He was 25 when he was called up to fight in the Second World War in 1940 and not unsurprisingly was enlisted to play in the Army Rugby Team and said : "That was a fiasco. I'd played for the Army in London, then going back to base I was the only other 'rank' and I tackled one of the officers and messed him up a bit and he turned round and said : "You can't do that. I'm an officer !"

He made his debut playing for England against Wales at Twickenham in the 1947 first post-war Five Nations International, at the age of 32 and earned nine England caps playing as a prop in 1947-8, playing in Five Nations encounters and against Australia. In 1952 England asked him back but he had been disenchanted and rejected their approach and recalled : “We had to buy our own shorts. All they gave us was a jersey. They collected them back after the game and if they did not have your number they went through your baggage to find it. We all had jobs so it cost money to play for England as amateurs and all the while they filled the stadium.”

Although his tenure as an aristocrat in the field of rugby was short lived he did play for the Midlands against the touring Kiwis at Coundon Road, the Wallabies at Villa Park and the Springboks at Highfield Road made 30 county championship appearances for Warwickshire and played for the Barbarians when they met the Wallabies at Cardiff Arms Park in 1948 and captured by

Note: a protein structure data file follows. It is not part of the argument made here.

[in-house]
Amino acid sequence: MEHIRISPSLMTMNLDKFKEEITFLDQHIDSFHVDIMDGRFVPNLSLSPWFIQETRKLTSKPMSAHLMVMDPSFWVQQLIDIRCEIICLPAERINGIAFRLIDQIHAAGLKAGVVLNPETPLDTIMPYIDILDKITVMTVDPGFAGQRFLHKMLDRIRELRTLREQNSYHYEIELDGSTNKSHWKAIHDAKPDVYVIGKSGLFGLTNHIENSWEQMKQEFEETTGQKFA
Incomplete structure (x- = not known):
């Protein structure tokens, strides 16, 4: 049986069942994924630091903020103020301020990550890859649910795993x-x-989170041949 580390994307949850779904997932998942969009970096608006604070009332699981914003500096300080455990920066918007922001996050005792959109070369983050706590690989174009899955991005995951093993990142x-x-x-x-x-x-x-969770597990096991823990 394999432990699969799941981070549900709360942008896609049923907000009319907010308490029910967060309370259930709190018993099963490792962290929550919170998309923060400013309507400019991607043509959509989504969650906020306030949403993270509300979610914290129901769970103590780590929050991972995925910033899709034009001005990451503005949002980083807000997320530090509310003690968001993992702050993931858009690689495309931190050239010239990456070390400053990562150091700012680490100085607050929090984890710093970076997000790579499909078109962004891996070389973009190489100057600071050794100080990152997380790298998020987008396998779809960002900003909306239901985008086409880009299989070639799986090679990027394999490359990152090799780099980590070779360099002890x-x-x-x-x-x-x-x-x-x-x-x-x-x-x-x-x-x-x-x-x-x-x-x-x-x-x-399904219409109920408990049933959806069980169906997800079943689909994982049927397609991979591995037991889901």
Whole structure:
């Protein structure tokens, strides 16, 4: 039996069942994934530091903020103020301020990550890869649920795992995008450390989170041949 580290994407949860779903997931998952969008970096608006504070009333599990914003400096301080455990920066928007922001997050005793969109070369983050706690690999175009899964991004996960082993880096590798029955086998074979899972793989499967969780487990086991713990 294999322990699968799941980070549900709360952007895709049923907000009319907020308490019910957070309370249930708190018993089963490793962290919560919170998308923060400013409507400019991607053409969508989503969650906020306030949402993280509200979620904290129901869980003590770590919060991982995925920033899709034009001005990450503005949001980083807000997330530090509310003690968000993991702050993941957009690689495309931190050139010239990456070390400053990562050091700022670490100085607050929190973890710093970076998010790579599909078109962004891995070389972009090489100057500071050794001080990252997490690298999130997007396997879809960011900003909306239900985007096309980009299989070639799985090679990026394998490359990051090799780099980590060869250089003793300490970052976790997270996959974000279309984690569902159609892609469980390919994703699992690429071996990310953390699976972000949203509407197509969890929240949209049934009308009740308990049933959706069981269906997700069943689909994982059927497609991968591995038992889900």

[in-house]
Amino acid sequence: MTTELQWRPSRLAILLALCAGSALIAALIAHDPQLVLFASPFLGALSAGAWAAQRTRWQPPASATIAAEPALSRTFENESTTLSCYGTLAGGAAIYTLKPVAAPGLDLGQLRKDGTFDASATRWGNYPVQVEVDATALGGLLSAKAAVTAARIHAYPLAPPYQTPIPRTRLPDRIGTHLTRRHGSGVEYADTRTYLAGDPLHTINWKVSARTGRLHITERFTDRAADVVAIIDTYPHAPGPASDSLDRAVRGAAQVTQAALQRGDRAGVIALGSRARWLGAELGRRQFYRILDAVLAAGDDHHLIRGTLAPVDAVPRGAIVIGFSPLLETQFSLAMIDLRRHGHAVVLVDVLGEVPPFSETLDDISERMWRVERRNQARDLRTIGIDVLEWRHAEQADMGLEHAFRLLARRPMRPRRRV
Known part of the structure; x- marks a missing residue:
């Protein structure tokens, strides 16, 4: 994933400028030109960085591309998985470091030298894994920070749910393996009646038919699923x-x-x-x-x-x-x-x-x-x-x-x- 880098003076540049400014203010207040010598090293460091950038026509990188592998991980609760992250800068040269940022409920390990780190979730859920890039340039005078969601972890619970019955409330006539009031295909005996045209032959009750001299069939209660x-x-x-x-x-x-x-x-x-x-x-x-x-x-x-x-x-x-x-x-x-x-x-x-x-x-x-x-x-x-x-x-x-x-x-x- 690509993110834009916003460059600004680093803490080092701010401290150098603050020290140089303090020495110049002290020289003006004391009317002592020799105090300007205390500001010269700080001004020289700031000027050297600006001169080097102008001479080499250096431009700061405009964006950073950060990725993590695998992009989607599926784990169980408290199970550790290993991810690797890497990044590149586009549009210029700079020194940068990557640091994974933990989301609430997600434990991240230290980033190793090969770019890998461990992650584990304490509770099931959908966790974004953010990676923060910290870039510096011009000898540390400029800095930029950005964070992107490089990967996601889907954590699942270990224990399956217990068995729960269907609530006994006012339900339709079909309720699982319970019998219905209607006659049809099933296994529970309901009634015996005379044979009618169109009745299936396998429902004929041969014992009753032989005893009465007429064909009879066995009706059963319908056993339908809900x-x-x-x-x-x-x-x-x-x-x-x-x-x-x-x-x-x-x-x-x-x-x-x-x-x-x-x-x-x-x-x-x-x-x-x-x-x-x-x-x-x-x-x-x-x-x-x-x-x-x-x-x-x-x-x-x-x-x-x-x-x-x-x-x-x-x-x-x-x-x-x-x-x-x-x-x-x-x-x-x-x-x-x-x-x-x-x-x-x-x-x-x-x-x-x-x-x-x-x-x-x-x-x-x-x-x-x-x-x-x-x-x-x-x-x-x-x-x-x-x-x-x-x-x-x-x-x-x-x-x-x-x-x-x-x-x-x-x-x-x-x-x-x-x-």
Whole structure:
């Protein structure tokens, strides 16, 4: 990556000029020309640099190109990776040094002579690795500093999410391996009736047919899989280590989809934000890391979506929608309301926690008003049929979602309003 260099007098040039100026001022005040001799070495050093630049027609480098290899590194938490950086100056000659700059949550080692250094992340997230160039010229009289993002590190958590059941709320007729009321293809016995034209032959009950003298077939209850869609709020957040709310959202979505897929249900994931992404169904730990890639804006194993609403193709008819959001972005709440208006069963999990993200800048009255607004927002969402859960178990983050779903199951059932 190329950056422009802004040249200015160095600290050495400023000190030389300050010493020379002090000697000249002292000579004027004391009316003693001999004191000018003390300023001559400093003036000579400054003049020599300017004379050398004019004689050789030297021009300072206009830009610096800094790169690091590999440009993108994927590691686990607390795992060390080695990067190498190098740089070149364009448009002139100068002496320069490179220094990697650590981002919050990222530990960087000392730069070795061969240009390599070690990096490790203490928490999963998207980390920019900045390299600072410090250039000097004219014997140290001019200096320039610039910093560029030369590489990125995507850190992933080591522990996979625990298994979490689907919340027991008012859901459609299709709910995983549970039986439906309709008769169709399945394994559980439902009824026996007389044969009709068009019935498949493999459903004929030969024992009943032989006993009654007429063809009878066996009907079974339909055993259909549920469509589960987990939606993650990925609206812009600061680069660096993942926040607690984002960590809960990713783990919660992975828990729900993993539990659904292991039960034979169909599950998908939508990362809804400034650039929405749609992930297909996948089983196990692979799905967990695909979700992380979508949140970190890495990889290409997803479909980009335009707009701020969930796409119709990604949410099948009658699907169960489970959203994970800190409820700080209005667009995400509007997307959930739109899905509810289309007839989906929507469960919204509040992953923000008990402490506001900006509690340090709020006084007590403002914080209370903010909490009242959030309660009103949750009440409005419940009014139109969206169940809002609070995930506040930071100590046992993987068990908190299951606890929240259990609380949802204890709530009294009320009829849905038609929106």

Pathé News. He recalled : "The Australians had beat France, England, Ireland and Scotland. They were unbeatable." He rated this as his best win of his career and in the same breath couldn't resist saying : "And in those days you couldn't keep the jersey. They used to come round and take the bloody jersey off you."

Three years ago In his 100th year, the Rugby Football Union offered him a ticket, with full hospitality in the President's Suite, for a Six Nations match against Italy, but failed to include either travel or hotel expenses. Needless to say, on principle and Harry being Harry, he rejected it.

Harry, in his own words when interviewed by the BBC :

Harry's 103rd birthday celebrations as recorded by BBC Midlands :